United States District Court, D. New Mexico
MEMORANDUM OPINION AND ORDER
STEPHAN M. VIDMAR United States Magistrate Judge
MATTER is before the Court on Plaintiff's Motion to
Reverse or Remand [Doc. 13] (“Motion”), filed on
December 1, 2017. The Commissioner responded on January 29,
2018. [Doc. 19]. Plaintiff replied on February 23, 2018.
[Doc. 20]. The parties have consented to the
undersigned's entering final judgment in this case. [Doc.
15]. Having meticulously reviewed the entire record and being
fully advised in the premises, the Court finds that the
Administrative Law Judge (“ALJ”) did not apply
the correct legal standards in evaluating Plaintiff's
mental impairment(s). Accordingly, the Motion will be
granted, and the case will be remanded for further
proceedings. See 42 U.S.C. § 405(g) (sentence
standard of review in a Social Security appeal is whether the
Commissioner's final decision is supported by substantial
evidence and whether the correct legal standards were
applied. Maes v. Astrue, 522 F.3d 1093, 1096 (10th
Cir. 2008). If substantial evidence supports the
Commissioner's findings and the correct legal standards
were applied, the Commissioner's decision stands and the
plaintiff is not entitled to relief. Langley v.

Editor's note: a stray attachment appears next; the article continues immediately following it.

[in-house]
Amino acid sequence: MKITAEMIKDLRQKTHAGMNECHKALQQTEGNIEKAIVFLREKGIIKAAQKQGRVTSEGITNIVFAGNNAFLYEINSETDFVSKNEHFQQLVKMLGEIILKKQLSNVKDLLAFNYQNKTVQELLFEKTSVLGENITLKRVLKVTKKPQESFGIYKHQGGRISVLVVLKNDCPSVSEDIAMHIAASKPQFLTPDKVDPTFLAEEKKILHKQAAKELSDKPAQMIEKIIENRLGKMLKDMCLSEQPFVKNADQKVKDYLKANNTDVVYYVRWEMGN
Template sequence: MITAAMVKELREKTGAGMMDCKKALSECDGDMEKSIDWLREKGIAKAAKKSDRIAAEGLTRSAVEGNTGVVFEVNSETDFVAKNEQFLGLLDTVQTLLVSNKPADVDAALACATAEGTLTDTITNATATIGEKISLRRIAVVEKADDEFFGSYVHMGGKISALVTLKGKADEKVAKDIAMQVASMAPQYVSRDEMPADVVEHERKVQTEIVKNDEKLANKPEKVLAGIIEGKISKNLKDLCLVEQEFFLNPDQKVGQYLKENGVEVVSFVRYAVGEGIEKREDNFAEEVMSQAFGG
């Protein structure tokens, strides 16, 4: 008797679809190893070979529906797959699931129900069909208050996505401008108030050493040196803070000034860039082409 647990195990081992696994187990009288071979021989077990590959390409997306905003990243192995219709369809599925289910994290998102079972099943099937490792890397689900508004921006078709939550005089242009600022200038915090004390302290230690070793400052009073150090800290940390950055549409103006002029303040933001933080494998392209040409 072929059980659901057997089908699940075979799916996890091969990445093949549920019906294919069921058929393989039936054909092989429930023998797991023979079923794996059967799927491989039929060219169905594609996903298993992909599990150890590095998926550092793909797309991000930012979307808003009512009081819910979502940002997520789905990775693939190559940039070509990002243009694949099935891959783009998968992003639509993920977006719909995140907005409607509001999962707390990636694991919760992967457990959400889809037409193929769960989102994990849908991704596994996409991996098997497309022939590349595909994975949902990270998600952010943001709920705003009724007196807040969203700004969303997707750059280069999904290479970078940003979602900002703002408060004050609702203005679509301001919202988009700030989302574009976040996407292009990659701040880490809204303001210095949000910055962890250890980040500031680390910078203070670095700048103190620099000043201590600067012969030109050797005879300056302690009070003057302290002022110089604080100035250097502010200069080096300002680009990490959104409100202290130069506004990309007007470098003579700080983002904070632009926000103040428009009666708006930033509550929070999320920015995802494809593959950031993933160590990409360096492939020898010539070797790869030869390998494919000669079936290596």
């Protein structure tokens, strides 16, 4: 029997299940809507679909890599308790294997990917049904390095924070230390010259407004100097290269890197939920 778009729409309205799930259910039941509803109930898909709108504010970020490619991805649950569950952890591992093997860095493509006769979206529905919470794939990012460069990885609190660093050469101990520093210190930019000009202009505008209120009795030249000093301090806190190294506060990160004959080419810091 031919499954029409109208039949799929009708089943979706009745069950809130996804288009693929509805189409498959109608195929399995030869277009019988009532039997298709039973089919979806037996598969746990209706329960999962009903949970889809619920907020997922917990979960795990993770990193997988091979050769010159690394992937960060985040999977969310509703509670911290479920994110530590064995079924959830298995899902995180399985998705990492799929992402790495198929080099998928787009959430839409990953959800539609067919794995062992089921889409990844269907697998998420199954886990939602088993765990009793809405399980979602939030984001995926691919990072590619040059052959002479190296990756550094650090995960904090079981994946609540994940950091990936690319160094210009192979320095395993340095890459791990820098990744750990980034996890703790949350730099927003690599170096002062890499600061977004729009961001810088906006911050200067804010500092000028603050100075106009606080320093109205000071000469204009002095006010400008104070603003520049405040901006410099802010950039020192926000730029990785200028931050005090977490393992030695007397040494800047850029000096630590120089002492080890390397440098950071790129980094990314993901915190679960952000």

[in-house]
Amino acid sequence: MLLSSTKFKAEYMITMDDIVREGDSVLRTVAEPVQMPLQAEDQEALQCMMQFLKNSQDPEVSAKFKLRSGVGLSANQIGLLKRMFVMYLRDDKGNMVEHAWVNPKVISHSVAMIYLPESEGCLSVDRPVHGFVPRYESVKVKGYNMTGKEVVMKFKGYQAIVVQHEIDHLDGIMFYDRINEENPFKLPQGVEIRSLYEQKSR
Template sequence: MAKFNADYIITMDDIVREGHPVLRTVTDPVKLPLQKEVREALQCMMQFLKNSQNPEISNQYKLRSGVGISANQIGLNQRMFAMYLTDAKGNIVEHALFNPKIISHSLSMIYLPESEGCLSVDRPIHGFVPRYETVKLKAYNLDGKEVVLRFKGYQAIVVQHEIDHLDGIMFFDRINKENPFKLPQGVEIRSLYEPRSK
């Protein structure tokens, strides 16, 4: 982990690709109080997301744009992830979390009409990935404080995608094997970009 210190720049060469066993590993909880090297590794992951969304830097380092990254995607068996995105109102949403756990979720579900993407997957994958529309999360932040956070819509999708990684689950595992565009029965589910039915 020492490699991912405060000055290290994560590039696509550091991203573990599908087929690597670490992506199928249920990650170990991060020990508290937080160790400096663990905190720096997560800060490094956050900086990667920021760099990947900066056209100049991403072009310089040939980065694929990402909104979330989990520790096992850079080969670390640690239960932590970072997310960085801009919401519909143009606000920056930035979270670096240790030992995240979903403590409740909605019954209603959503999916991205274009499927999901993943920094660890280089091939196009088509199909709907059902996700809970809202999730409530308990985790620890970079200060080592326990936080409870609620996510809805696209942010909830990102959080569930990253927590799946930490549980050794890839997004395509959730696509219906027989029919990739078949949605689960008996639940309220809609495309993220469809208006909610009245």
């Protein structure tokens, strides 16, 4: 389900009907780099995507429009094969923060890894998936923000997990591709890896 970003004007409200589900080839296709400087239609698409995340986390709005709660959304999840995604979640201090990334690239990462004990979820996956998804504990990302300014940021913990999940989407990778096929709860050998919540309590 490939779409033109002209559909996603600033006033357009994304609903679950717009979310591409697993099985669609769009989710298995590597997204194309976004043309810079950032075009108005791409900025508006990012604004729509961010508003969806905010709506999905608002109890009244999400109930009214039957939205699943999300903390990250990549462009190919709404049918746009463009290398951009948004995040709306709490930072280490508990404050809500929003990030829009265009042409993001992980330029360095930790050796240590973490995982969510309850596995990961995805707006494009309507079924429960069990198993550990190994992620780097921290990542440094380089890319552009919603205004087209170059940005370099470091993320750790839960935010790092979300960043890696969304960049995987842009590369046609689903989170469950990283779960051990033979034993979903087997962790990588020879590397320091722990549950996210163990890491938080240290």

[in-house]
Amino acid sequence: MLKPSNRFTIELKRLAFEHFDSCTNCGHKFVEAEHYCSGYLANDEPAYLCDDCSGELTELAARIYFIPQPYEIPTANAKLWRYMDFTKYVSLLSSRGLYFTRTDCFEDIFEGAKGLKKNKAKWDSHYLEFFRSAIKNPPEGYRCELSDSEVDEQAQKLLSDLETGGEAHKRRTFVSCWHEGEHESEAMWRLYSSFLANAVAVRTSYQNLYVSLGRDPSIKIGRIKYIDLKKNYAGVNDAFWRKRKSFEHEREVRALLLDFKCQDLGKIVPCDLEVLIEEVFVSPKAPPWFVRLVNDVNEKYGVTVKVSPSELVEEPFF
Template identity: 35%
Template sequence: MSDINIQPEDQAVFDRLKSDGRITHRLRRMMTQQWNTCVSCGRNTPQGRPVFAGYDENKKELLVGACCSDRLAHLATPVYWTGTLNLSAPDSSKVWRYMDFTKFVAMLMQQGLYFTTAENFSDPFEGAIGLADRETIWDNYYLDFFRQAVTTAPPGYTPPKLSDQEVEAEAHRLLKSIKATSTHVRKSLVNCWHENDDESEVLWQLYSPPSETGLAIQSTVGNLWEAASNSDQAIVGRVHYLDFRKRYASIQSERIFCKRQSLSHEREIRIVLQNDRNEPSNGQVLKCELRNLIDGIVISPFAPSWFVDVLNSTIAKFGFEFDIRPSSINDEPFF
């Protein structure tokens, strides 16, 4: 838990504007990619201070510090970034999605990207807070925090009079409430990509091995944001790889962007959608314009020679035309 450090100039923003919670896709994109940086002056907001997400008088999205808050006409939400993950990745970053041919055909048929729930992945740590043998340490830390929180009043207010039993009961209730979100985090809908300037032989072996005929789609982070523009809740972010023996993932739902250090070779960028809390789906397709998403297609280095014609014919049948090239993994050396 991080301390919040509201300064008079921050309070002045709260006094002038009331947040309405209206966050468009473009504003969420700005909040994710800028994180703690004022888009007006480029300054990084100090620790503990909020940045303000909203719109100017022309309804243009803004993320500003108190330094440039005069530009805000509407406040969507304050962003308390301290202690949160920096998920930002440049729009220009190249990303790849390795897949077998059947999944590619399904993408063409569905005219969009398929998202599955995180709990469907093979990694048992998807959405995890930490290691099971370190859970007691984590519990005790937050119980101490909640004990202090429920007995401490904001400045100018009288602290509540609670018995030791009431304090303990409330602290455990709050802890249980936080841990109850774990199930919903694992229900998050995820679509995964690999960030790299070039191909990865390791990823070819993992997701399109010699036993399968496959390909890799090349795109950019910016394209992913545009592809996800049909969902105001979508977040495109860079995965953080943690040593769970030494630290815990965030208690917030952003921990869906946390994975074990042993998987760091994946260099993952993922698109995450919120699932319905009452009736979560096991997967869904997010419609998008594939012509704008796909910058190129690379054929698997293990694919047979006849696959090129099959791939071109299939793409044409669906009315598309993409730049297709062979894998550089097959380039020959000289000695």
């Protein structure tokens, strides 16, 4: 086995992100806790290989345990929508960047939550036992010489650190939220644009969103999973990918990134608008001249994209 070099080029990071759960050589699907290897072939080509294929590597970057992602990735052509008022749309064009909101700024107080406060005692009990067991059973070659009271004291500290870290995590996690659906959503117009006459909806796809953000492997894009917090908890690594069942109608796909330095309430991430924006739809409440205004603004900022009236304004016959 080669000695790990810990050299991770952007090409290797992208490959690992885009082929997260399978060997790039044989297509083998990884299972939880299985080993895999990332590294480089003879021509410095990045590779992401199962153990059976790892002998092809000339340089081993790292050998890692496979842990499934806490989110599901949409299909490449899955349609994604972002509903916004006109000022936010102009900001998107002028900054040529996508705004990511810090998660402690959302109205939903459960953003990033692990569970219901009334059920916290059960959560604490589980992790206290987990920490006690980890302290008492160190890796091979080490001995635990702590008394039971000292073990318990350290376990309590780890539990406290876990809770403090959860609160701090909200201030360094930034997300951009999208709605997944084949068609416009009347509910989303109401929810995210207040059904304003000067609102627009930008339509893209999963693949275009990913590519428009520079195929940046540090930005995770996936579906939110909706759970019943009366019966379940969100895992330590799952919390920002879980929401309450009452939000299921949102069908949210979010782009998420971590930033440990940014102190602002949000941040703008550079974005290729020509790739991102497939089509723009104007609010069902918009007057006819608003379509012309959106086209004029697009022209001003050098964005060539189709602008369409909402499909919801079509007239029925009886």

Barnhart, 373 F.3d 1116, 1118 (10th Cir. 2004). Courts
must meticulously review the entire record, but may neither
reweigh the evidence nor substitute their judgment for that
of the Commissioner. Flaherty v. Astrue, 515 F.3d
1067, 1070 (10th Cir. 2007).
evidence is such relevant evidence as a reasonable mind might
accept as adequate to support a conclusion.”
Langley, 373 F.3d at 1118. The decision “is
not based on substantial evidence if it is overwhelmed by
other evidence in the record or if there is a mere scintilla
of evidence supporting it.” Id. While a court
may not re-weigh the evidence or try the issues de novo, its
examination of the record as a whole must include
“anything that may undercut or detract from the
[Commissioner]'s findings in order to determine if the
substantiality test has been met.” Grogan v.